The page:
HC Deb 30 July 1835 vol 29 cc1249-50
Mr. Tooke

said, it had been intimated to him that some determination had been come to, by his Majesty in Council, respecting the proposed charter to the University of London: he begged to ask the Attorney-General what was proposed to be done in pursuance of the answer of his Majesty to the Address of this House?

The Attorney-General

said, that in answer to the hon. Member, he had to state, that with the sanction of his Majesty's Government he bad prepared two Charters, which he hoped would be in complete concurrence with the Address from this House, and with his Majesty's gracious answer. One of these Charters was to the University of London—not as a University but as a College; it being proposed that it should be called the London University College. No power, however, of granting academical degrees, was to be conferred by this Charter; it would only enable that body to conduct all their own affairs, in the same way as they had hitherto done. The other Charter was for the purpose of establishing a Metropolitan University, with power to grant academical degrees to those who should study at the London University College, or at any similar institution which his Majesty might please hereafter to name.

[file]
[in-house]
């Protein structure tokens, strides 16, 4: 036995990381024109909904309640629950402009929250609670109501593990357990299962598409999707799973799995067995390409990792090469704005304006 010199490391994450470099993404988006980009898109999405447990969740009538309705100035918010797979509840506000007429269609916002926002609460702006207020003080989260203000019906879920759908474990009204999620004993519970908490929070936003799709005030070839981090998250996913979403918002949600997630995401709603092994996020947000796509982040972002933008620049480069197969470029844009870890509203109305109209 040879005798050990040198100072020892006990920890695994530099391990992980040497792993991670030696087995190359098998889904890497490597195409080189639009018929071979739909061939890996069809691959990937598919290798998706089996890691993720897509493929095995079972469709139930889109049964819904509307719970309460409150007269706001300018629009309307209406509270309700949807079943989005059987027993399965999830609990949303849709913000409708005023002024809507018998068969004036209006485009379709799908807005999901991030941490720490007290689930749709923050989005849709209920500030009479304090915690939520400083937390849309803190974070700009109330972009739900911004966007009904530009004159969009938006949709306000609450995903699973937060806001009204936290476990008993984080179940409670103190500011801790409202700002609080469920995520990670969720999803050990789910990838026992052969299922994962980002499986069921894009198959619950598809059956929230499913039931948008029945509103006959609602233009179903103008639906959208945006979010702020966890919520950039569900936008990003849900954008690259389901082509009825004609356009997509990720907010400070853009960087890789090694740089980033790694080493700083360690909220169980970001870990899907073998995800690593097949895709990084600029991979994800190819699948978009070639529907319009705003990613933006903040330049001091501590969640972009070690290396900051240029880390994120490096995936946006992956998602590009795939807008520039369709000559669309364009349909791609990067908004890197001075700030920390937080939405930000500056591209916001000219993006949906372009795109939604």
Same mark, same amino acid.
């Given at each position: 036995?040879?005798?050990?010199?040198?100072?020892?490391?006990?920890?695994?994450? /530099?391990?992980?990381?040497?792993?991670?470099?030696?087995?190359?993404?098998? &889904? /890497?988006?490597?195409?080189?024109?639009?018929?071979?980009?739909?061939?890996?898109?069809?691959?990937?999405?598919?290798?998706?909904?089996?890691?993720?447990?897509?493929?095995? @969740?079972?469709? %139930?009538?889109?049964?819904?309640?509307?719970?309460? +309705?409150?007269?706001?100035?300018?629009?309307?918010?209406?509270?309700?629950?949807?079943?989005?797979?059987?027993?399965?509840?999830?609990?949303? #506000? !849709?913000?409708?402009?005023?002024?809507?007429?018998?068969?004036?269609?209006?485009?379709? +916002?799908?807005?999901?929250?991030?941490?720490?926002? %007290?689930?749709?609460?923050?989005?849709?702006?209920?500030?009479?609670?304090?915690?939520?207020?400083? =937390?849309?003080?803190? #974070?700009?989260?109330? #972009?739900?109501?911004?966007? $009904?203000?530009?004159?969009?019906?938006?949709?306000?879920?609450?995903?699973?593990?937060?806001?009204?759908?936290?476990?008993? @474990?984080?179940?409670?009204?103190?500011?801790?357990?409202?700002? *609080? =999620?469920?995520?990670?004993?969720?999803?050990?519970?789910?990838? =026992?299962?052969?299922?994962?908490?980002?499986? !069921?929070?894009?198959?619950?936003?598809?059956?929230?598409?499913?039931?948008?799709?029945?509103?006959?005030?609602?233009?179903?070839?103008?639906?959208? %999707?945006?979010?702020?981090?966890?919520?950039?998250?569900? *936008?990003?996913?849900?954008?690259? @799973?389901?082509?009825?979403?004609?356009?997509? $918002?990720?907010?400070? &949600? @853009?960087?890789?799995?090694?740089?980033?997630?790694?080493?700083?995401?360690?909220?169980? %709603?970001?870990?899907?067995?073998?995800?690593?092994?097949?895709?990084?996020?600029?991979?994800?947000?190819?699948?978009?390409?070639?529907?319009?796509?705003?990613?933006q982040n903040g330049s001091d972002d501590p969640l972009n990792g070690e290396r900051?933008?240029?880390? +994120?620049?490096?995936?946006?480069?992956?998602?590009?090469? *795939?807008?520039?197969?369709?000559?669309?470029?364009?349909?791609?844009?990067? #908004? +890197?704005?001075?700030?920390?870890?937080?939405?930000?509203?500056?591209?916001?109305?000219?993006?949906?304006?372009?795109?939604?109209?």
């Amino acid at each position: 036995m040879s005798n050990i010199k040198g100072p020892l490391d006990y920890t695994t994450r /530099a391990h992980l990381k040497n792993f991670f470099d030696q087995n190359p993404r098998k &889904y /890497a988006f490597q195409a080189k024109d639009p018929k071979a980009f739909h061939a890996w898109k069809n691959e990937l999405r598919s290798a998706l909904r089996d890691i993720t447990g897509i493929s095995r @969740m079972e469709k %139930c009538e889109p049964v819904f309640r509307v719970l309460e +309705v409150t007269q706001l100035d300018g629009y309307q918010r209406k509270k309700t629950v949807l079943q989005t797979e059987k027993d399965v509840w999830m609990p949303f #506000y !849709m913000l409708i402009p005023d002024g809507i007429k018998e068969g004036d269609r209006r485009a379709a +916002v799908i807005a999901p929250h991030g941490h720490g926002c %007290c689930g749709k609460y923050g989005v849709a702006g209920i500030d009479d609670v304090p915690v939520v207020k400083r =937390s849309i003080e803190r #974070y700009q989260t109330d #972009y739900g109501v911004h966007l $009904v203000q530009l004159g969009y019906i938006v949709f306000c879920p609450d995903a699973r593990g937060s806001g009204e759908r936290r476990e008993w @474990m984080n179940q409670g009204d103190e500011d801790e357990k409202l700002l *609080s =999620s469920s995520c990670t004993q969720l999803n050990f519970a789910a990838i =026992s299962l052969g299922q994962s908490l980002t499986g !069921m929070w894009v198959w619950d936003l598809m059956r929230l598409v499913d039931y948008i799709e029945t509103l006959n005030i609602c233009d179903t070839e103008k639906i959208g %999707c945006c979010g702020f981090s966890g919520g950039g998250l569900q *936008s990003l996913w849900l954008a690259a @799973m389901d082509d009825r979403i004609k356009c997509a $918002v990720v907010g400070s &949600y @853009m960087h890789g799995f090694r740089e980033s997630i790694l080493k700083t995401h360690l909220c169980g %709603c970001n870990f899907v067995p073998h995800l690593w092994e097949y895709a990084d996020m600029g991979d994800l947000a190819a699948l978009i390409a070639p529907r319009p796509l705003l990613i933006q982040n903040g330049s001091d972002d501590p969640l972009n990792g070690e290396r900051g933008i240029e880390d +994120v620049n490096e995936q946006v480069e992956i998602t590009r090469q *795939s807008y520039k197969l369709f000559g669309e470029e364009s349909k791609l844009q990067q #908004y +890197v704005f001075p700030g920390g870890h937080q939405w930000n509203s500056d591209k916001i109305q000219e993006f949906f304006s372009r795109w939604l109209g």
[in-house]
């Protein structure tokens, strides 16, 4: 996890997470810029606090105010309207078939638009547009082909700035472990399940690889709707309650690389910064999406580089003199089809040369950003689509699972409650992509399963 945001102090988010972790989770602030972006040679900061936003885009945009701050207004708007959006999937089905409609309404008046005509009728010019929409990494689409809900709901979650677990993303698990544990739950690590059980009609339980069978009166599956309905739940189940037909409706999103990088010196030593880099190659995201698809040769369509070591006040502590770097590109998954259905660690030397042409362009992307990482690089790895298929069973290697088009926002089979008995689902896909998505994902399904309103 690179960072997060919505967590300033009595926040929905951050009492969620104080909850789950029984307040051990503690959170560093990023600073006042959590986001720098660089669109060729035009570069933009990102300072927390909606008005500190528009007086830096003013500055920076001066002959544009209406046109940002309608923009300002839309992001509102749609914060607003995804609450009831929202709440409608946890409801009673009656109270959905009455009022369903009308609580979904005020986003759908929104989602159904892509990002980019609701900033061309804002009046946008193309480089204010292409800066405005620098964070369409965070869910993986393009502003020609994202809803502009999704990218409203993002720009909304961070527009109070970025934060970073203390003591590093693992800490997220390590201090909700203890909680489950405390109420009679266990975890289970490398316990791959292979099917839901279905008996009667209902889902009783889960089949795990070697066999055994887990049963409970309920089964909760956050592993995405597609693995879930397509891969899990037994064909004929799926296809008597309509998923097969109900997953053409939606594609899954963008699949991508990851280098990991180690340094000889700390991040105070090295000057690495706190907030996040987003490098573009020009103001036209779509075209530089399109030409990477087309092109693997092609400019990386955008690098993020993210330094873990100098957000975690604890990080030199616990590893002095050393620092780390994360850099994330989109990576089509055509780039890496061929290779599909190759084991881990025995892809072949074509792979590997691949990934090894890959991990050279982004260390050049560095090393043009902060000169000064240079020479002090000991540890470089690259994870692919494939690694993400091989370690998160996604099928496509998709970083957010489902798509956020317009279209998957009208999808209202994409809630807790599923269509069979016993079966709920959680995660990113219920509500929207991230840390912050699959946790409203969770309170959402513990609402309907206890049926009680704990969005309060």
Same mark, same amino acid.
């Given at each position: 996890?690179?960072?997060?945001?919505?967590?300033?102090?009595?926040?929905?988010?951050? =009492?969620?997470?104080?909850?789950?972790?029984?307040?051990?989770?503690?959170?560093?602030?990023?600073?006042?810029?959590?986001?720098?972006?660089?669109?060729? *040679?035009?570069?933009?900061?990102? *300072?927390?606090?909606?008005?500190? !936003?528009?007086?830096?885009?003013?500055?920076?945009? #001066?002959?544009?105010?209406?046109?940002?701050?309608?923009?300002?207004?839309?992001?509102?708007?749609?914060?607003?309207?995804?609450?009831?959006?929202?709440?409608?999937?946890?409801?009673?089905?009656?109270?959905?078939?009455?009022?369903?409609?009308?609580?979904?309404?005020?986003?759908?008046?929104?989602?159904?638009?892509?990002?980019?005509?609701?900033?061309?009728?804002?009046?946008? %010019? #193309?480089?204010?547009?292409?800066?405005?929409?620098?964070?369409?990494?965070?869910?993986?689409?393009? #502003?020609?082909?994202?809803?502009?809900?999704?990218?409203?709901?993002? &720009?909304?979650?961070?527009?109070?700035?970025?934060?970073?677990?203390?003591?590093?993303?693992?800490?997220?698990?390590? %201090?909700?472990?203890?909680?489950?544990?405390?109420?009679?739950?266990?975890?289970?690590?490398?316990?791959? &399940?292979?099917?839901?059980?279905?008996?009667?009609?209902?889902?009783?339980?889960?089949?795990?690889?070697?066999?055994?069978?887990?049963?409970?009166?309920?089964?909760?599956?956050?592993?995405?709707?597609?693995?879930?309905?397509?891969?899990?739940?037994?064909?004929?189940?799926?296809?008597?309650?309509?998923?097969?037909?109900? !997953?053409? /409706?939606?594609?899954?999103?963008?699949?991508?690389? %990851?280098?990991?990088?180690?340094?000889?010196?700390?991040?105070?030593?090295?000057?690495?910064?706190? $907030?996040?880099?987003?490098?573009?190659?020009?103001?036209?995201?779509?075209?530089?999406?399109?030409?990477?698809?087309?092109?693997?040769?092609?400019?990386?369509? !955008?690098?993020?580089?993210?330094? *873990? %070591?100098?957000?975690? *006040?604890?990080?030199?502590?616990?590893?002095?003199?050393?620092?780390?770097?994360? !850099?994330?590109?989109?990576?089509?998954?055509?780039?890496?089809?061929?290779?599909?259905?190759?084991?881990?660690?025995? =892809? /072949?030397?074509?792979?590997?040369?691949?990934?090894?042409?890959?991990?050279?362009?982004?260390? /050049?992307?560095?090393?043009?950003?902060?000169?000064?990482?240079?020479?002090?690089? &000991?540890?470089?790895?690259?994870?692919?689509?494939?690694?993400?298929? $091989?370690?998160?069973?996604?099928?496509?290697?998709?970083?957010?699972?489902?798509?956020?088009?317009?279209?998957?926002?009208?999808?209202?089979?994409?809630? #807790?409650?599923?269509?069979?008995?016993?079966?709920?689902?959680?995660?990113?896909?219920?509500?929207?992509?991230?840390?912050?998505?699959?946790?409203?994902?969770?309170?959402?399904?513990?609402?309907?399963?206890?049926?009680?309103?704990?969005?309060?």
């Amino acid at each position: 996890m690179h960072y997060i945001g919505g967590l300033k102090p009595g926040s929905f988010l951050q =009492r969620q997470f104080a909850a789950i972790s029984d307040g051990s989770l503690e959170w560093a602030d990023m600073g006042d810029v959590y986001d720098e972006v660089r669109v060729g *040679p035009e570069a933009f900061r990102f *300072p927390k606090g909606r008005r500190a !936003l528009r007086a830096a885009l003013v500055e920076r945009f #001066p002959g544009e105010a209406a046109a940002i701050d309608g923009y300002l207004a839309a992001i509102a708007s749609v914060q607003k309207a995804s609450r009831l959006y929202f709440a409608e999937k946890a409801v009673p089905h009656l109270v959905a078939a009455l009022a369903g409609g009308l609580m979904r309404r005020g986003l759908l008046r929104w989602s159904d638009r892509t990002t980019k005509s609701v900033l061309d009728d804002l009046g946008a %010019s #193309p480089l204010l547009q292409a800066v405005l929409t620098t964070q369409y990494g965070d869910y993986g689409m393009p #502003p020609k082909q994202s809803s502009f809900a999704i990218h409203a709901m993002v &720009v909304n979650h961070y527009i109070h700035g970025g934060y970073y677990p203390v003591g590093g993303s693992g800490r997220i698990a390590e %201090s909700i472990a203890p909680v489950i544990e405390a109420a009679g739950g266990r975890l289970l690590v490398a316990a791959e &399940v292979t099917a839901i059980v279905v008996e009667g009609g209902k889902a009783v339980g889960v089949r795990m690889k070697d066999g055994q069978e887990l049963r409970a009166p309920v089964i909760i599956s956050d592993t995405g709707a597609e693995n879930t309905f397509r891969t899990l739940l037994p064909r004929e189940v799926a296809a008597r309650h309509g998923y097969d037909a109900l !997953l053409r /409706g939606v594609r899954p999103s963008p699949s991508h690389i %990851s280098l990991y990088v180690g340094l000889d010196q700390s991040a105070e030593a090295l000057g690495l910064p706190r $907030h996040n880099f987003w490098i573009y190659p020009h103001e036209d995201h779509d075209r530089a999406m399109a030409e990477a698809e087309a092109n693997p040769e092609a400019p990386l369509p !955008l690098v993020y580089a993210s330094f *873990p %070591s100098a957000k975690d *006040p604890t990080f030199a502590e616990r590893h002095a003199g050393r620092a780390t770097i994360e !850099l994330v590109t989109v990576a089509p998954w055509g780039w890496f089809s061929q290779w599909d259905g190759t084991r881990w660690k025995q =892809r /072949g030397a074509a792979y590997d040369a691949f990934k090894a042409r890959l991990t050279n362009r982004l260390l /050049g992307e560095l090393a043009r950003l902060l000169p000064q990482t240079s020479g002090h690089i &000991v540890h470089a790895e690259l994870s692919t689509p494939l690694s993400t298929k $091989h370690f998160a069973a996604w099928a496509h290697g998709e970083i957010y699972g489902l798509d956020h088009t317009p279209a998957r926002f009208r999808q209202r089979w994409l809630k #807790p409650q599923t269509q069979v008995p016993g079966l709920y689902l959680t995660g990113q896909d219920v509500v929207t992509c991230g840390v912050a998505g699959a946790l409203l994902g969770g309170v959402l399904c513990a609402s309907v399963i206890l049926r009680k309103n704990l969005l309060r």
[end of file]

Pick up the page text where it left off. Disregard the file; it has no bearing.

Subject dropped.